The windowsill on which the plaintiff in the instant case seated herself was located at a landing in a stairway which joined the second and third floors of the building. It served the two apartments on the third floor. It was clearly a common area over which defendant had retained control even though a fire had forced the tenants in the other third-floor apartment to vacate the premises nineteen days before plaintiff was injured. Murphy v. Illinois State Trust Co., 375 Ill. 310, 31 N.E.2d 305; Fowler v. Crilly, 187 Ill. App. 399; Rosseu v. Goodridge, 185 Ill. App. 164; Cwiklik v. Hrejsa, 167 Ill. App. 268; Fenno v. Cullen, 162 Ill. App. 283. Whether defendant breached a duty owed to the plaintiff is ordinarily a question of fact which should be decided by the trier of fact. Ney v. Yellow Cab Co., 2 Ill.2d 74, 117 N.E.2d 74.
Defendant also contends that the plaintiff is guilty of contributory negligence as a matter of law. He argues that since the court described the plaintiff as a very intelligent young woman, her decision to sit on the windowsill must be deemed to have been negligence as a matter of law. At the time plaintiff was injured she was ten years old and was required to exercise that measure of care for her own safety which a reasonably careful person of the same age, intelligence, capacity and experience would exercise under the same or similar circumstances. Hartnett v. Boston Store of Chicago, 265 Ill. 331, 106 N.E. 837; Wegler v. Luebke, 87 Ill. App.2d 82, 231 N.E.2d 109; Wolf v. Budzyn, 305 Ill. App. 603, 27 N.E.2d 571; Pence v. Hines, 221 Ill. App. 584. Whether plaintiff exercised due care for her own safety was for the trier of fact to decide. Dickeson v. Baltimore & O.C.T.R. Co., 42 Ill.2d 103, 245 N.E.2d 762; Maskaliunas v. Chicago & W.I.R. Co., 318 Ill. 142, 149 N.E. 23. The judgment of the trial court is supported by ample evidence.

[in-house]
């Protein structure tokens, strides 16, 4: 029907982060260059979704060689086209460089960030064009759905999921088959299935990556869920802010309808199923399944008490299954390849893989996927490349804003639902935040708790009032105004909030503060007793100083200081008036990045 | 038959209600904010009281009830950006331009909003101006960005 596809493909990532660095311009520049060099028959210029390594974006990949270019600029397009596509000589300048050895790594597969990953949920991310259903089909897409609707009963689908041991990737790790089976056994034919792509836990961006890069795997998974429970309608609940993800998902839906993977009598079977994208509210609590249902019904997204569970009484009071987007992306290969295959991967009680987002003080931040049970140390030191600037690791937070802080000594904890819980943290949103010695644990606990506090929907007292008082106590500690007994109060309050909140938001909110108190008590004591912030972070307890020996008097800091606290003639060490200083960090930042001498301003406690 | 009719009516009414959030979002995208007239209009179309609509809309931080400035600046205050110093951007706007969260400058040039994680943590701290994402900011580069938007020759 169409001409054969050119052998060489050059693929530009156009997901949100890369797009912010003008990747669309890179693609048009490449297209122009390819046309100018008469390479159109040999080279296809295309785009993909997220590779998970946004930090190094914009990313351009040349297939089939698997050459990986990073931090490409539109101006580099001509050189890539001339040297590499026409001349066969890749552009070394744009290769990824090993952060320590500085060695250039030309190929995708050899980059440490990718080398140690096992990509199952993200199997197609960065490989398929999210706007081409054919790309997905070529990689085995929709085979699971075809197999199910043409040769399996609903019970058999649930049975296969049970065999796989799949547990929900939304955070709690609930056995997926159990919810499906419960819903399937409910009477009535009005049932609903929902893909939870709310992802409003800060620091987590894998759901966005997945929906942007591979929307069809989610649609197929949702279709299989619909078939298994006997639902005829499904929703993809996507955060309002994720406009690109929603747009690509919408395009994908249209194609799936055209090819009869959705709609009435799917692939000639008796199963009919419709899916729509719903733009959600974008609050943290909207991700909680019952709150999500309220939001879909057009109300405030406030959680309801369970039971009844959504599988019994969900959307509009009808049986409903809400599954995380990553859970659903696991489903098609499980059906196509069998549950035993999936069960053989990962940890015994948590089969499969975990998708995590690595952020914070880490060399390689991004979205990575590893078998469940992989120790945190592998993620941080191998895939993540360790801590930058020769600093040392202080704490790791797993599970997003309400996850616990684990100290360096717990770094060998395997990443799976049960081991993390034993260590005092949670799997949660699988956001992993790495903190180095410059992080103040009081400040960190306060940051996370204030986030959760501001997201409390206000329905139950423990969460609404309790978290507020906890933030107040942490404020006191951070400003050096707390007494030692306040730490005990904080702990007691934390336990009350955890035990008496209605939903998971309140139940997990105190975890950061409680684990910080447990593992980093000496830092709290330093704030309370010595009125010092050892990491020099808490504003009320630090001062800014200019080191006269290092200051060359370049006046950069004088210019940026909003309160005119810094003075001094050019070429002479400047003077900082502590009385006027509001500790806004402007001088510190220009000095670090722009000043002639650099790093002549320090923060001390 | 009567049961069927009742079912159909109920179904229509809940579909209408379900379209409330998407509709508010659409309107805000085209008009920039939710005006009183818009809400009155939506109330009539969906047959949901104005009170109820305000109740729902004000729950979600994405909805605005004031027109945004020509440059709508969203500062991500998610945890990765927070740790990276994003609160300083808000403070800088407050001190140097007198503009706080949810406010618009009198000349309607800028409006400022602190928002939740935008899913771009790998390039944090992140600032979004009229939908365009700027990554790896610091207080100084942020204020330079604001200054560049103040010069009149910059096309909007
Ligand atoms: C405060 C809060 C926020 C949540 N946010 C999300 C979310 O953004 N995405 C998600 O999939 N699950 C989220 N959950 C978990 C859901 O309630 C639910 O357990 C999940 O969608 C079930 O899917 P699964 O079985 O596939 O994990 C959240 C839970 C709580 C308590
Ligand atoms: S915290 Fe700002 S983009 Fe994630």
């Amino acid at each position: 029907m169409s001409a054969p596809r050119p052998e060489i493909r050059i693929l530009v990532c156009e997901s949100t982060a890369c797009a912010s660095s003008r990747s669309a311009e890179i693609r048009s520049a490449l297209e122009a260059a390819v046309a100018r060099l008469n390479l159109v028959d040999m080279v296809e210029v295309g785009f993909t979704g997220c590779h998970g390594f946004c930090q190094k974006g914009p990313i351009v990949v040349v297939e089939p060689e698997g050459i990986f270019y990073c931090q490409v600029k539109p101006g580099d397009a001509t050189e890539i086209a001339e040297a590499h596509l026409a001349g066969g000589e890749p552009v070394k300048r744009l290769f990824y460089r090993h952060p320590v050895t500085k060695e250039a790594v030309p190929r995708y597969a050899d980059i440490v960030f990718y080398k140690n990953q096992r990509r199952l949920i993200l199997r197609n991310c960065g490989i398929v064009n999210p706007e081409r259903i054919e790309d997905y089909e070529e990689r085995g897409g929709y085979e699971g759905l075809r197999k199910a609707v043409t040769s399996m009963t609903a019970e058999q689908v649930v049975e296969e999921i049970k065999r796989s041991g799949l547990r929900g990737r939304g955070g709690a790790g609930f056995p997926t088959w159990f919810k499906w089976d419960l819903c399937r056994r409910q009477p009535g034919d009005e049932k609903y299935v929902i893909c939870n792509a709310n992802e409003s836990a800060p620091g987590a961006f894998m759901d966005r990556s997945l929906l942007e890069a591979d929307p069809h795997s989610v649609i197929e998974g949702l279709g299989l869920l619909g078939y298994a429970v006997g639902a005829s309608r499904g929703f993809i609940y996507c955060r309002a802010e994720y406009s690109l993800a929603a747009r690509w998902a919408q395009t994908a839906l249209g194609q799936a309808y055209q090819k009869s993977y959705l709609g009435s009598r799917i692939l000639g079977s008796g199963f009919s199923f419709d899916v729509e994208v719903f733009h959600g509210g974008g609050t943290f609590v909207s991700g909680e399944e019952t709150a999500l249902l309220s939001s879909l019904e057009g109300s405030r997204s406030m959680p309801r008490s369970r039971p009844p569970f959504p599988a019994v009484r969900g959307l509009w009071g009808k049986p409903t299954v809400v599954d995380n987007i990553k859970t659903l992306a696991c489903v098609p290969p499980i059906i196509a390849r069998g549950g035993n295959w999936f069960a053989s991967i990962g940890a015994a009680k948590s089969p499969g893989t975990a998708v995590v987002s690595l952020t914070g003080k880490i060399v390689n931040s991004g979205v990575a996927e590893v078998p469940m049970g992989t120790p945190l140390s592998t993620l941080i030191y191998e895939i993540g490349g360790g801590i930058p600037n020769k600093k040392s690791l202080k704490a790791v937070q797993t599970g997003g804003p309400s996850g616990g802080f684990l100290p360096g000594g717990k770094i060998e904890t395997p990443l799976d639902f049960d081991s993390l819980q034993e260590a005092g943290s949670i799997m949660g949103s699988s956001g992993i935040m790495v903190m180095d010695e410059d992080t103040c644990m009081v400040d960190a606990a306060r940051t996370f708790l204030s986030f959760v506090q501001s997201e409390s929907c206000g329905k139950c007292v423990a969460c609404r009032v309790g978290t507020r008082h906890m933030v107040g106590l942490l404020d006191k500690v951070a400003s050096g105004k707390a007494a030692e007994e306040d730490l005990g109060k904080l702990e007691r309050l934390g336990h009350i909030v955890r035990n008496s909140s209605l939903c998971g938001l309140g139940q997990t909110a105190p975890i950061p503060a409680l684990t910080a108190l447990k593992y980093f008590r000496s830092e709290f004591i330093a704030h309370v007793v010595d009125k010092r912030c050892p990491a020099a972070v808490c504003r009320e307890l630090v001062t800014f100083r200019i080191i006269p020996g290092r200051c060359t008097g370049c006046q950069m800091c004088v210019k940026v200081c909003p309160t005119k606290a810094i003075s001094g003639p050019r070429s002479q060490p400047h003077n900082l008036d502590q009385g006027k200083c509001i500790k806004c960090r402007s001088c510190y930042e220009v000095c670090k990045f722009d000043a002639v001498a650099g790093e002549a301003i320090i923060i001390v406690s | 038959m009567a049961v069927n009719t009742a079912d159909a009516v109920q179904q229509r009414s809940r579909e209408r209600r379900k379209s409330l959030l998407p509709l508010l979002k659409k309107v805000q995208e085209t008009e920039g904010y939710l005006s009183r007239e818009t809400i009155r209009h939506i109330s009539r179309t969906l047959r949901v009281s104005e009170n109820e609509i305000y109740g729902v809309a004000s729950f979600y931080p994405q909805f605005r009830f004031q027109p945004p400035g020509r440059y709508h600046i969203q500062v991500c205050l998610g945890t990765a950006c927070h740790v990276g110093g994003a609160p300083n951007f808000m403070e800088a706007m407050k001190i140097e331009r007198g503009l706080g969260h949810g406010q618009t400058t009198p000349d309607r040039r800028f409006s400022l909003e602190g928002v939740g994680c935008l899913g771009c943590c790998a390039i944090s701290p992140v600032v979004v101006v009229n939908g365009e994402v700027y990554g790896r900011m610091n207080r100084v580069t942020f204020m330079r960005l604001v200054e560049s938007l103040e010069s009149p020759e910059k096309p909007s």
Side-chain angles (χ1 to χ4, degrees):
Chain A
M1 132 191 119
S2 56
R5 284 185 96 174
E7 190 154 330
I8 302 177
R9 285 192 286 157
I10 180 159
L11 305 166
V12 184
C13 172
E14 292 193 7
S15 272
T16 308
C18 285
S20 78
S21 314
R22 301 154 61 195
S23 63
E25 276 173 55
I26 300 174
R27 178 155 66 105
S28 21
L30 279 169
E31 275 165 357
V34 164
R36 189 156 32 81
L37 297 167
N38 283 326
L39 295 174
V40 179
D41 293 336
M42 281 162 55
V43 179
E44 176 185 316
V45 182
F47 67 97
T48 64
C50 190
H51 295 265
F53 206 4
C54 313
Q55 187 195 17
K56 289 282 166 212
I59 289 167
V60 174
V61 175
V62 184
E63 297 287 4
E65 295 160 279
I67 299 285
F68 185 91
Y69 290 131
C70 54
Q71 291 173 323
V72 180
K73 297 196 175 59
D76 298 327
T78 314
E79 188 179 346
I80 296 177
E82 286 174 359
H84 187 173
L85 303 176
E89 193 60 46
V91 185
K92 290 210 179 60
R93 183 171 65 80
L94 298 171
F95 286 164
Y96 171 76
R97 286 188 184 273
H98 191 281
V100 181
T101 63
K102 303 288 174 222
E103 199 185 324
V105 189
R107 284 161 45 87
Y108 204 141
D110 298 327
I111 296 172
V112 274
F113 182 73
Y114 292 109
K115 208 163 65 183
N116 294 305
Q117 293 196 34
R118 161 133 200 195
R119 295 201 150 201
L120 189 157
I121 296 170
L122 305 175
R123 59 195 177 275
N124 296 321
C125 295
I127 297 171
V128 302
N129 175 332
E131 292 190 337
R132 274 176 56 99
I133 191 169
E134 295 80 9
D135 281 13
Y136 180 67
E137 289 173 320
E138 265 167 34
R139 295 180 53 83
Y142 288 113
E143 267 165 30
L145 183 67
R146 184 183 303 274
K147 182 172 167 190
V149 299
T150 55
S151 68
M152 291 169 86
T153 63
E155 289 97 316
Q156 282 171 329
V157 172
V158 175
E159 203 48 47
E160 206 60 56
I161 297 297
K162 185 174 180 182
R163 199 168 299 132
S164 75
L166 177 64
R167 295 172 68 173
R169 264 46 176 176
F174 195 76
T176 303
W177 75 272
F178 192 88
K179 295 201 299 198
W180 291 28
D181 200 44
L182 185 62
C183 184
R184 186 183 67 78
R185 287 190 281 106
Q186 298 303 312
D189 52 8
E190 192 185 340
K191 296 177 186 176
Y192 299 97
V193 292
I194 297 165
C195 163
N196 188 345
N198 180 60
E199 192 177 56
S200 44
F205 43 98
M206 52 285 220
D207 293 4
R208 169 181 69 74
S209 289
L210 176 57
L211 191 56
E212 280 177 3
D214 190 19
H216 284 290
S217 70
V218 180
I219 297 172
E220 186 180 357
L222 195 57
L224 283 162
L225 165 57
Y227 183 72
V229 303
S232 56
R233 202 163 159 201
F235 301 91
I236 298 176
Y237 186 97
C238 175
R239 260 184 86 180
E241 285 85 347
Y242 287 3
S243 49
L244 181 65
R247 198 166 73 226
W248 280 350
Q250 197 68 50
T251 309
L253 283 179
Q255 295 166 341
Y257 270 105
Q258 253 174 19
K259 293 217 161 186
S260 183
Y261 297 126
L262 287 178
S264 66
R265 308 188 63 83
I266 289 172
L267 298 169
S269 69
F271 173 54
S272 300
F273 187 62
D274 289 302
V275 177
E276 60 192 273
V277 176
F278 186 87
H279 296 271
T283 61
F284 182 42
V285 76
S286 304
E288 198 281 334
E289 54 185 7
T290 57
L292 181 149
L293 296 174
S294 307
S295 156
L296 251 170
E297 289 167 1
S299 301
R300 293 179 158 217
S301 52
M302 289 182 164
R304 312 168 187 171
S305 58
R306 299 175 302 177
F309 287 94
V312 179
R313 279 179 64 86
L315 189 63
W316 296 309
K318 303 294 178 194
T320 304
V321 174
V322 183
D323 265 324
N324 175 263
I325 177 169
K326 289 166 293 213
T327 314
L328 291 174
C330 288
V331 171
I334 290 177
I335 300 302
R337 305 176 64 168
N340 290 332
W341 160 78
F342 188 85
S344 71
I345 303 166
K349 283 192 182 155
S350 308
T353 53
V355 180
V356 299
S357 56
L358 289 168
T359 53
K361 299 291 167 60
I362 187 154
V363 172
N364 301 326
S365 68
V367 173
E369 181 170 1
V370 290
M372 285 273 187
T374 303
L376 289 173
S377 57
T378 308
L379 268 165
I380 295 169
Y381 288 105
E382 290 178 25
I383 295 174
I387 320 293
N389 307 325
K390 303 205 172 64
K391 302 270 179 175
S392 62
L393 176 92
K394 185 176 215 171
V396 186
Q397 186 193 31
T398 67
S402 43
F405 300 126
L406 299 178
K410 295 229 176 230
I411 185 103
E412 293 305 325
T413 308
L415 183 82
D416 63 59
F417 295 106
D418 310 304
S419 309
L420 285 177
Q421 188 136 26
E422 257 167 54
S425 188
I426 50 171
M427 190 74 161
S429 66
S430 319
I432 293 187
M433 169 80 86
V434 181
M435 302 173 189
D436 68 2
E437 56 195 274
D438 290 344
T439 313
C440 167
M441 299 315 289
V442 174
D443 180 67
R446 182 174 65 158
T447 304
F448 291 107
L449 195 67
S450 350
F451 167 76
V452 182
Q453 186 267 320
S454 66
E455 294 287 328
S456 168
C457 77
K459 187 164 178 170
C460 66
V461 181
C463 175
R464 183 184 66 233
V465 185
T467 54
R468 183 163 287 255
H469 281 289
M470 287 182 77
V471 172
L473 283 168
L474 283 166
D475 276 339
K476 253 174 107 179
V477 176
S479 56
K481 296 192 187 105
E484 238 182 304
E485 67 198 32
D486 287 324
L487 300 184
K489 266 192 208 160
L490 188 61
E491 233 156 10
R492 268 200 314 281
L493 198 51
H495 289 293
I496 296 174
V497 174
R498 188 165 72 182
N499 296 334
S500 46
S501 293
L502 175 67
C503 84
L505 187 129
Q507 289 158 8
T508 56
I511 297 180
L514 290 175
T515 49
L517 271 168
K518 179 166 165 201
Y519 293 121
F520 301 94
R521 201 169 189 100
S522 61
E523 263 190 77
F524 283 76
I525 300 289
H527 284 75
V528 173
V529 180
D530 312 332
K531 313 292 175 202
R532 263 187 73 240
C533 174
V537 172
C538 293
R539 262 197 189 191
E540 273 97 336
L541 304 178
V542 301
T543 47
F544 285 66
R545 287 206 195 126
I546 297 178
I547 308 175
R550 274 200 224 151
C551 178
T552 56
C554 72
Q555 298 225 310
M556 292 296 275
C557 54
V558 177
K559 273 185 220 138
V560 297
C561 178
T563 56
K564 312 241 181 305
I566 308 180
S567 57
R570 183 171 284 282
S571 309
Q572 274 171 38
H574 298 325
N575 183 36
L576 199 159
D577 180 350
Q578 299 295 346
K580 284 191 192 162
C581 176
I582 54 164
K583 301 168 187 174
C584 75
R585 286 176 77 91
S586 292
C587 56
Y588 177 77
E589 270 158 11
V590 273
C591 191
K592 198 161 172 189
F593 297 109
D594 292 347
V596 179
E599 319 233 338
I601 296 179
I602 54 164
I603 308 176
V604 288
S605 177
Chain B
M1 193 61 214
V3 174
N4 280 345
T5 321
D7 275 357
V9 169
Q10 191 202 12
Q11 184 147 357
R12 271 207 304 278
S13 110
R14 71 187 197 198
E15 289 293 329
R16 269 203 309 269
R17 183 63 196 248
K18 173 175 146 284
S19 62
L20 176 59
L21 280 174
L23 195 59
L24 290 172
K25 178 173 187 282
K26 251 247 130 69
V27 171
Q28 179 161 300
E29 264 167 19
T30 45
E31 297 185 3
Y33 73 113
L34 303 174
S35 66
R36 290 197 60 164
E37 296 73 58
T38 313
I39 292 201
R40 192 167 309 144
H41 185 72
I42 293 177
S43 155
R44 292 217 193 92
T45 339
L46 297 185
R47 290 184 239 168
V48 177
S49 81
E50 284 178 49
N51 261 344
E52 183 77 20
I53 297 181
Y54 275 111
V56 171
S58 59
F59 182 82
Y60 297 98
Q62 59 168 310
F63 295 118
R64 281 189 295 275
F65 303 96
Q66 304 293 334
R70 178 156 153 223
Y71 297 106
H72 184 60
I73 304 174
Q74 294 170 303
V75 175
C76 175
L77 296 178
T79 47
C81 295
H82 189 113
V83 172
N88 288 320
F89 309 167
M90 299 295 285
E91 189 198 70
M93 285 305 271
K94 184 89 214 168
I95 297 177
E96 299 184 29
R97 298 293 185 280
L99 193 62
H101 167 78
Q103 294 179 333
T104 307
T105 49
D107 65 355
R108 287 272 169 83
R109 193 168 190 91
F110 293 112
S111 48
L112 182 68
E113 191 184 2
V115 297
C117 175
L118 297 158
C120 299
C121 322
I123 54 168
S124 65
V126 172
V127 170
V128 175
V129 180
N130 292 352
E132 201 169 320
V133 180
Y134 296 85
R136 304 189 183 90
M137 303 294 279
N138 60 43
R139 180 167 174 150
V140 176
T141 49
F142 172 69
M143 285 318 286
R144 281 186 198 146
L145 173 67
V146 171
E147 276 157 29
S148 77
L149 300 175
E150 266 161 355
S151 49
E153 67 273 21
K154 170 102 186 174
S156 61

Defendant argues that he was unduly restricted in his cross-examination of two witnesses for the plaintiff and that the trial judge was not fair and impartial because he admonished one of the defendant's witnesses not to repeat counsel's questions before giving his answers and because he "did not believe anything" that another witness said. As there was no jury in this case and the judge was the trier of fact, a greater latitude may properly be allowed for the comments a judge may make in the course of a trial. Moreover, his comment with respect to his disbelief of the testimony of one of the witnesses was properly made at the close of the case. We find no reversible error and the judgment is accordingly affirmed.
DEMPSEY, P.J. and McNAMARA, J., concur.